Miscounduct and Grantsmanship

U27111 at uicvm.uic.edu U27111 at uicvm.uic.edu
Tue Jan 2 02:49:17 EST 1996



Here's another followup to this thread being posting in the aids
NG.
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From: gmc0 at ix.netcom.com (George M. Carter)
Newsgroups: misc.health.aids
Subject: Re: Cross-over discussion on Misconduct
Date: Thu, 28 Dec 1995 14:37:41 GMT

<U27111 at uicvm.uic.edu> wrote:

>There's currently a bit of an 'intellectual' discussion going on
>in a bionet newsgroup on misconduct and grantsmanship.  It's
>mostly going on among people within the 'Scientific Establishment'
>and I thought it would be interesting to hear what people, of whom
>some of this may effect(?), would have to say on the subject.

An interesting debate---but it conflates a number of issues.

First question:  should people be punished for fraud?  YES!!
Otherwise, there is no disincentive for misconduct of this kind.
The next question is HOW.  Frankly, that answer undoubtedly depends
on the seriousness of the fraud.  Some cases, like Gallo's
irreproducible results with SP-PG in mice resulted in people being
treated with this drug for KS.  Yet the animal studies were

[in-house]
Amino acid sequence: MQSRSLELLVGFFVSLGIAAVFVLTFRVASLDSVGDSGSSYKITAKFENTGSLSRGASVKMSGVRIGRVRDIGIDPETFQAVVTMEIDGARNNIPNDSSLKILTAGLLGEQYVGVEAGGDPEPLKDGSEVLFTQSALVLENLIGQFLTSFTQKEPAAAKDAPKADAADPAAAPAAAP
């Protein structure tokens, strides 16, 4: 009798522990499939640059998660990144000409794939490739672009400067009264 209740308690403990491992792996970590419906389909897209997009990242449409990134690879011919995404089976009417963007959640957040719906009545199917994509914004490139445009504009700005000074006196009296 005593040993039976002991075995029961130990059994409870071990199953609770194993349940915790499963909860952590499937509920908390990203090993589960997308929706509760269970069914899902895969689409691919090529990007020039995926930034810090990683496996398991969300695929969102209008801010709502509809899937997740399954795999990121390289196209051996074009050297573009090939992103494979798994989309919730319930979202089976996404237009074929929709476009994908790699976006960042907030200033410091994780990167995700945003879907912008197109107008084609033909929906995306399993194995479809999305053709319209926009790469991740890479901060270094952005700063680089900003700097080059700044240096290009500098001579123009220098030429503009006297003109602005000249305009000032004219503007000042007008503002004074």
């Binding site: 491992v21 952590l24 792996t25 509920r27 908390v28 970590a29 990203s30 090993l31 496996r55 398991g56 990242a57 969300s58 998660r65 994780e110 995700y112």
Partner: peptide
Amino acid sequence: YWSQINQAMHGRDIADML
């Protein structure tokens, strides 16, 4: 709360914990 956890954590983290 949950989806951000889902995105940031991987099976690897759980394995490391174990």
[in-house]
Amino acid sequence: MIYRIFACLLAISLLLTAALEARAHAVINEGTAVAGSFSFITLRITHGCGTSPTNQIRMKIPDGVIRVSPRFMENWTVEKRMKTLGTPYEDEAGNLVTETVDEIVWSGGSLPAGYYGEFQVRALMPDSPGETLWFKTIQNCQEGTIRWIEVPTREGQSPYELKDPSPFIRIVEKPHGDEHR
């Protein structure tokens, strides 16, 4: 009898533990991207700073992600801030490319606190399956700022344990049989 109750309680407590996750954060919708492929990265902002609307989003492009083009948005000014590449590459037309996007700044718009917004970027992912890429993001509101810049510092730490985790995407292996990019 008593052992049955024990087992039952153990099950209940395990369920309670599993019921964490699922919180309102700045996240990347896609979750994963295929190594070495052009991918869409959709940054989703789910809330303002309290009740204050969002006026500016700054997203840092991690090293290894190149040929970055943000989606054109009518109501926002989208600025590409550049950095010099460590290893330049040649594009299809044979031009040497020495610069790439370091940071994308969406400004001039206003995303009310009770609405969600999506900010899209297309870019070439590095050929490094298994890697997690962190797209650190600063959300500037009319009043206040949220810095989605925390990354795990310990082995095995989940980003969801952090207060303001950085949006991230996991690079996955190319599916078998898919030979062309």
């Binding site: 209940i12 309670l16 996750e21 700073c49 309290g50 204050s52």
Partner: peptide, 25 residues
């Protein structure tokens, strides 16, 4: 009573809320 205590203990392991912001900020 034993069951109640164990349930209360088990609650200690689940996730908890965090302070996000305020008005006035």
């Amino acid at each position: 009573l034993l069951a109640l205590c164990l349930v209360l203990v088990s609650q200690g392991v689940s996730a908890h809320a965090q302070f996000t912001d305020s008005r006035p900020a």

probably fraudulently done! This has a direct effect on people's
lives.  And as such, I feel this is quite possibly a case for the
criminal courts.  Such should be used where the evidence is strong
enough.

Other methods like those described seem rather wishy-washy.  Fraud
should not be tolerated.  Better guidelines need to be established
and the ORI strengthened.  The prosecution should possibly be
conducted by a separate organization as suggested in a recent
Science article.  The similarities to all-civilian (police)
complaint review boards should be considered since the potential
for whitewashing is too real.

Cut throat competitive practices and "industrialization" of science
is another issue altogether.  People should be rewarded for
excellent work--regardless whether the results are positive or
negative.  I.e., if well conducted studies disprove a point,
congratulations!  You have been conducting science!!  Even if it
doesn't turn into a profit generating experiment.  How to deal with
this issue, though, I don't know.

Regarding peer review--here again is a completely other ball of wax
that is beyond the scope of this note!

I hope these ideas help some.

                        George M. Carter
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